Winter is Coming – Property Checklist

December 13, 2017 by Ann Shanklin

The holiday season is upon us and with all of the stress generally associated with this time of year, you probably haven’t given much thought to frozen pipes, roof collapses, ice dams, or any of the other property maintenance issues that can lead to water damage. However, as illustrated in one of our recent blog posts, water property damage can be costly, and is often not covered by insurance. Given that there is an increased risk of water damage this time of year, it’s vital that your nonprofit plan and prepare for the upcoming winter season.

If you haven’t read our blog on water damage claims, you may not be aware that typically, property policies exclude water damage unless something else is accidentally or suddenly damaged first, such as with wind or fire. For example, let’s say the gutters on your building are rusty and water is not being properly diverted off your roof. Then a rainstorm comes along and pushes water through the weakened area into your roof and water leaks under the eaves, into your walls, and starts to pool. Because this damage is due to improper maintenance and not a sudden, unforeseen event, it is not covered by your insurance.

Whether it’s a slow leak, a frozen pipe, or a full-fledged flood, water damage can have a negative effect on your organization and its ability to provide services to the community. Not only can water and moisture damage the interior of your building, but it can also damage or destroy fire protective equipment and electrical equipment. Another unforeseen issue that is more likely to arise in the cooler, wetter months as a result of unwanted water or moisture is mold. Like most water property damage, mold damage is generally not covered by insurance, as it is considered preventable with proper maintenance.

While every building is unique, each is at risk for water damage, whether from a minor roof leak, improperly maintained plumbing, or a violently destructive storm. Before the weather takes a turn, give your premises a good lookover for early signs of damage or wear-and-tear, including damaged flashing, gutters and drainpipes, or broken windows. Identify and repair all leaks and cracks in windows, doors, and exterior walls, as well as in the building’s roof, foundation, plumbing and HVAC systems.

A properly maintained building is only part of protecting your organization’s facility from water damage. Also be sure to check all drains, gutters and down spouts for leaf litter, debris and other clogs or obstructions that cause water to collect or travel toward a building. Remember, standing water is a tell-tale sign that water is not draining properly. As a precautionary measure, also consider labeling your water shut-off valves clearly so that they are clear and noticeable, in case of an emergency plumbing situation. Repairing damage early can prevent more extensive damage from winter weather conditions.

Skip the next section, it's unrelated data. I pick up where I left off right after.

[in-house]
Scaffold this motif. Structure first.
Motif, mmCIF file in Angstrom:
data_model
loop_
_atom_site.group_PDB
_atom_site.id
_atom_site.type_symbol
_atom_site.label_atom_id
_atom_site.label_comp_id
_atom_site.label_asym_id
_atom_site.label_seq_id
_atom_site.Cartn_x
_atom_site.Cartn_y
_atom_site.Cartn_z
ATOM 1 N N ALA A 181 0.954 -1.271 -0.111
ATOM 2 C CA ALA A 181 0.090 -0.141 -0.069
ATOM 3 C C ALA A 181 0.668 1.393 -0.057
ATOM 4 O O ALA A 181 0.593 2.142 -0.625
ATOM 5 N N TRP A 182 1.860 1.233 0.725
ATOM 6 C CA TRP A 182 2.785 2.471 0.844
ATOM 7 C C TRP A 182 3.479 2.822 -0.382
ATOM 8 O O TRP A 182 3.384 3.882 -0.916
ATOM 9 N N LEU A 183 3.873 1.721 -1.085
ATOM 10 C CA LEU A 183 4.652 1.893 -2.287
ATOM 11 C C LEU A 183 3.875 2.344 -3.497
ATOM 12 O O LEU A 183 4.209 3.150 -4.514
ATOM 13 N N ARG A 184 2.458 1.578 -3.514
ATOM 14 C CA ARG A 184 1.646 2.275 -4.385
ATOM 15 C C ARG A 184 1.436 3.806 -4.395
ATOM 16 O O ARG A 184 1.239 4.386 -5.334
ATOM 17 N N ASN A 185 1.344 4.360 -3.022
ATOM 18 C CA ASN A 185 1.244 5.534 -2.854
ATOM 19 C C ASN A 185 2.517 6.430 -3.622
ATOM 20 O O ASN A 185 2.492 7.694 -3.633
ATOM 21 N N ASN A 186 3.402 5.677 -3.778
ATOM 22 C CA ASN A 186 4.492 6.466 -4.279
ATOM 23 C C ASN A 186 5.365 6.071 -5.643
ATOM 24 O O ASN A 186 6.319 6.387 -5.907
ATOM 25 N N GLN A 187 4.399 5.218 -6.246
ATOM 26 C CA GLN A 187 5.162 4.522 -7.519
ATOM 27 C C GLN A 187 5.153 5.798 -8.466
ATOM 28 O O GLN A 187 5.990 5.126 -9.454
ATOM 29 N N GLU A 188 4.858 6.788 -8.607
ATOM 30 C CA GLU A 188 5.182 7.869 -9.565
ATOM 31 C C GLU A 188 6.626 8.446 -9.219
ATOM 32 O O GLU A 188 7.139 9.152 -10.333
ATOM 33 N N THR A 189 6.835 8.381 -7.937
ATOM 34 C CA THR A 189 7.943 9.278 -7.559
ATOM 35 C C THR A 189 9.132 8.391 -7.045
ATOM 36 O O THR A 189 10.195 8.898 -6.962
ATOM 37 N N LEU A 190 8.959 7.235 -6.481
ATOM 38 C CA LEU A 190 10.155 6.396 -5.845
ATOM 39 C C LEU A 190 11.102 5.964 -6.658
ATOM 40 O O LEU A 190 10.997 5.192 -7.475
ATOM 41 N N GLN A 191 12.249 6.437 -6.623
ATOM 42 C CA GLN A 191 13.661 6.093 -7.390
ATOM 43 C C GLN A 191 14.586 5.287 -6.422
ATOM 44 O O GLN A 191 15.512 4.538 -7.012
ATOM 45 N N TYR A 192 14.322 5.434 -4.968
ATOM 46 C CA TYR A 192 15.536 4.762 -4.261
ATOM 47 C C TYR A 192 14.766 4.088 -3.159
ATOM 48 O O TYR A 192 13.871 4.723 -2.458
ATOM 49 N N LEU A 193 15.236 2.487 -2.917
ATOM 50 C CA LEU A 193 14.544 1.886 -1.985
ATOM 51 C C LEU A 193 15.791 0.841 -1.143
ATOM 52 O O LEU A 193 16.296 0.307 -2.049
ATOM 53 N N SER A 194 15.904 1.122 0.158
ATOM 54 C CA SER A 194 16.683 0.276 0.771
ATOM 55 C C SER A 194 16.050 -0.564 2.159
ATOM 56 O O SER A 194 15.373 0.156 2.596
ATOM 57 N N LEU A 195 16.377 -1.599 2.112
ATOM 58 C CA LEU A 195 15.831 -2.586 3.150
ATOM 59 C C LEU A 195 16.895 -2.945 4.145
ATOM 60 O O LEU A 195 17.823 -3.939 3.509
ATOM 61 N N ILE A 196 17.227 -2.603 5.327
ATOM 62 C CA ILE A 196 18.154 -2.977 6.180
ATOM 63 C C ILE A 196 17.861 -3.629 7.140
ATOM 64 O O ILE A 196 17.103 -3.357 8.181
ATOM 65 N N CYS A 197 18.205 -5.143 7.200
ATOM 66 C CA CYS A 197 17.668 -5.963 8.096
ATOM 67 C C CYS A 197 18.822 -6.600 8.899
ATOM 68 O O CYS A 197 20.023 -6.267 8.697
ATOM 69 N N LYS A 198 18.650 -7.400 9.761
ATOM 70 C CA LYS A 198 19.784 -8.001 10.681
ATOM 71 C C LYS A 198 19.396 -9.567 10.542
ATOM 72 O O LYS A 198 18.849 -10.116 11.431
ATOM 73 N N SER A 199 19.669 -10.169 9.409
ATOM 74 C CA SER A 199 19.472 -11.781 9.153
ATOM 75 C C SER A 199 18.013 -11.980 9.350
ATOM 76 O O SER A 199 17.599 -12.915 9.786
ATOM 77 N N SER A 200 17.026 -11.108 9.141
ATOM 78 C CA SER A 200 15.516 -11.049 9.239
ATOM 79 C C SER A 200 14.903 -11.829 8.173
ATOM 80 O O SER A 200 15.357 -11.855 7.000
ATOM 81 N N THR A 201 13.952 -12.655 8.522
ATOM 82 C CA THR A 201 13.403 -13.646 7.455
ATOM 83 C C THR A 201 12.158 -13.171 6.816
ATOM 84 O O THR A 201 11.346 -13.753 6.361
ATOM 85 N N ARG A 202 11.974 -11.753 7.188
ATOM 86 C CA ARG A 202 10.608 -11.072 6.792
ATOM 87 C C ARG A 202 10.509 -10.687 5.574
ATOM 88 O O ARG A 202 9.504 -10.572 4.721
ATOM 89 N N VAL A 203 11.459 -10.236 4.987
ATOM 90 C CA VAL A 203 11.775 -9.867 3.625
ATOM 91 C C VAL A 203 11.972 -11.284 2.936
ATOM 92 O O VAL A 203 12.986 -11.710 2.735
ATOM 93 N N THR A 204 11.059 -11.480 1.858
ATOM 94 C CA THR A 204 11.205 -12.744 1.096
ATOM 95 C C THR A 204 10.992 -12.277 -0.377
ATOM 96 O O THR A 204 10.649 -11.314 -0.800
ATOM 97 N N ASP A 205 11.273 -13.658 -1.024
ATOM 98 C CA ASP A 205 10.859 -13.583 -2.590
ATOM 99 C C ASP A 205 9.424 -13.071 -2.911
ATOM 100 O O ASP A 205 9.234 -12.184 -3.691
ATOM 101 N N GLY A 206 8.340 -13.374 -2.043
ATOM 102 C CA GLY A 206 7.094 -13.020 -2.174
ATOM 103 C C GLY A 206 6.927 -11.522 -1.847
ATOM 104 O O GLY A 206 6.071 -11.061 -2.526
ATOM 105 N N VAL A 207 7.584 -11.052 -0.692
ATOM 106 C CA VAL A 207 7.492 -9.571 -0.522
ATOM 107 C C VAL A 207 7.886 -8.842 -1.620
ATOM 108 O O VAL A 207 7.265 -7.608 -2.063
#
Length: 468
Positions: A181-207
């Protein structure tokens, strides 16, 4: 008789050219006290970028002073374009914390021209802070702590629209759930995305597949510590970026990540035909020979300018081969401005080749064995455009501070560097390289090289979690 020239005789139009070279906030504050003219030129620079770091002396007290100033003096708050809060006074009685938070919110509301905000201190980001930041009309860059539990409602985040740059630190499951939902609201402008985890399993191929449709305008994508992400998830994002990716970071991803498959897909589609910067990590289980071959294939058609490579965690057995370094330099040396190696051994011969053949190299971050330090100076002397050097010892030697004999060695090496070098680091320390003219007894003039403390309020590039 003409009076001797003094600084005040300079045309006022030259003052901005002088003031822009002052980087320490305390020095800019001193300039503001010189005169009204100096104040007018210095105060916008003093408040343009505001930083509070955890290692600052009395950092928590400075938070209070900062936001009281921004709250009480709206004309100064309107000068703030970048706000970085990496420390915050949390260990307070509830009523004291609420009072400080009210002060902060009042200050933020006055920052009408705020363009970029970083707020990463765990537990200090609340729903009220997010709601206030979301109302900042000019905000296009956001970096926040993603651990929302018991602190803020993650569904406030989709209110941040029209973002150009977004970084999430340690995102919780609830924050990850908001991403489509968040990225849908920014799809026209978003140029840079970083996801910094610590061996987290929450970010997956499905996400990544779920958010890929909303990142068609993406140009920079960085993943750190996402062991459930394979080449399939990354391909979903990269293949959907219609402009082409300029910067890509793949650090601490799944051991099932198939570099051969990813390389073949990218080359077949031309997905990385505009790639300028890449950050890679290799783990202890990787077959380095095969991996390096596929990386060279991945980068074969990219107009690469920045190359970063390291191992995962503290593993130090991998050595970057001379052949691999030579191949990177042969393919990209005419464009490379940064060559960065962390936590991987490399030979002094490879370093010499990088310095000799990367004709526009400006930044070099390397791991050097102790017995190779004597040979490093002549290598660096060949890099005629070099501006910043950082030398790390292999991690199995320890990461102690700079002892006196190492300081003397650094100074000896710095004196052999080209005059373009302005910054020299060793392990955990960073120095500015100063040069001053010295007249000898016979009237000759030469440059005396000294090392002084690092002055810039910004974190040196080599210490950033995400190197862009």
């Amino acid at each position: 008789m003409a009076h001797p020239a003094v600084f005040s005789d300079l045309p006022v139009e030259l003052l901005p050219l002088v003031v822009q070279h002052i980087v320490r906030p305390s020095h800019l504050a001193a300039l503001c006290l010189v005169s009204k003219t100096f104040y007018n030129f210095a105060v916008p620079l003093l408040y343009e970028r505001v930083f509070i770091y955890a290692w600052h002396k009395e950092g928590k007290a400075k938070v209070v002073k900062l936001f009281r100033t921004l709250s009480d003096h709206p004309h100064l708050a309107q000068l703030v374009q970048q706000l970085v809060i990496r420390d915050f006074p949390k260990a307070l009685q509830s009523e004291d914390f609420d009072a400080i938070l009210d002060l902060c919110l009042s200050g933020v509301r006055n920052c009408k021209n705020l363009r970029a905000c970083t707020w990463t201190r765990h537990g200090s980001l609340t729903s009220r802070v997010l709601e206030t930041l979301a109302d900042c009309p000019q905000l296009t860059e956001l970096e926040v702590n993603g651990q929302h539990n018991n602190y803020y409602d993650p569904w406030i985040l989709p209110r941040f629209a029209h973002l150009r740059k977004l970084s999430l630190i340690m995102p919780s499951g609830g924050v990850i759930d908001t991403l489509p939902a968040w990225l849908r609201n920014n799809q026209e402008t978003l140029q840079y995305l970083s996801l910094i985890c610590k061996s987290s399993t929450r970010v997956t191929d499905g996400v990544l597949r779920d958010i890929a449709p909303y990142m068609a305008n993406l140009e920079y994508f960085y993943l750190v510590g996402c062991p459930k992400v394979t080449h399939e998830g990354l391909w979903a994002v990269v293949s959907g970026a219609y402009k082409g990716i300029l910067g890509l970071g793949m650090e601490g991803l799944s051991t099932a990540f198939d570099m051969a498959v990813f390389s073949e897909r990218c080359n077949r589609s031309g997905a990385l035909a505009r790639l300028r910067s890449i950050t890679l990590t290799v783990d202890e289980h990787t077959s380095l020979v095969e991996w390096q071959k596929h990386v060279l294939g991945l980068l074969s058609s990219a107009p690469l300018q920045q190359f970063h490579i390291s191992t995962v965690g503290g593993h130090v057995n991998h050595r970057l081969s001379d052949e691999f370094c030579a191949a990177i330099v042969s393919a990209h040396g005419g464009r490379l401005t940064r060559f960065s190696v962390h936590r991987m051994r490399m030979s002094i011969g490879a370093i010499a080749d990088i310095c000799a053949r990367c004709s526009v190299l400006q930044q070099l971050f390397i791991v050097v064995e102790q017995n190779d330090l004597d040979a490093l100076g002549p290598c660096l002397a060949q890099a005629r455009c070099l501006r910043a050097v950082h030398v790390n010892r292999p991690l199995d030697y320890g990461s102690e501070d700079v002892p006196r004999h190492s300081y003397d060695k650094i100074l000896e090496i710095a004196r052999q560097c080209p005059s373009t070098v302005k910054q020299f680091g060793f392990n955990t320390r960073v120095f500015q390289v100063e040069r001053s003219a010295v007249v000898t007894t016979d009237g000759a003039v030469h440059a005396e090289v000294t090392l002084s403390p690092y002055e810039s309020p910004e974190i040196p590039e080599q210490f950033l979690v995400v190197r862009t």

Here are links to a few resources from the Insurance Institute for Business & Home Safety (IBHS) for your reference:

Tags: Risk Management

Ann Shanklin

About the Author

Ann Shanklin is the Manager of Loss Control and Member Support for the Nonprofits Insurance Alliance, where she works in collaboration with the Alliance’s member nonprofits and their insurance brokers to improve all aspects of safety in the delivery of the many key services nonprofits provide in their communities. Ann has worked in the nonprofit sector for more than 35 years. She joined the Alliance after 23 years with the National Safety Council, where in her most recent position as Director of the Western Region Office, she was responsible for the day-to-day operations, including HR, facilities and customer service. When she isn’t hard at work, Ann enjoys attending concerts, the theatre, and cheering for her son-in-law at his triathlon and ironman competitions. Ann currently resides in the San Francisco East Bay area.

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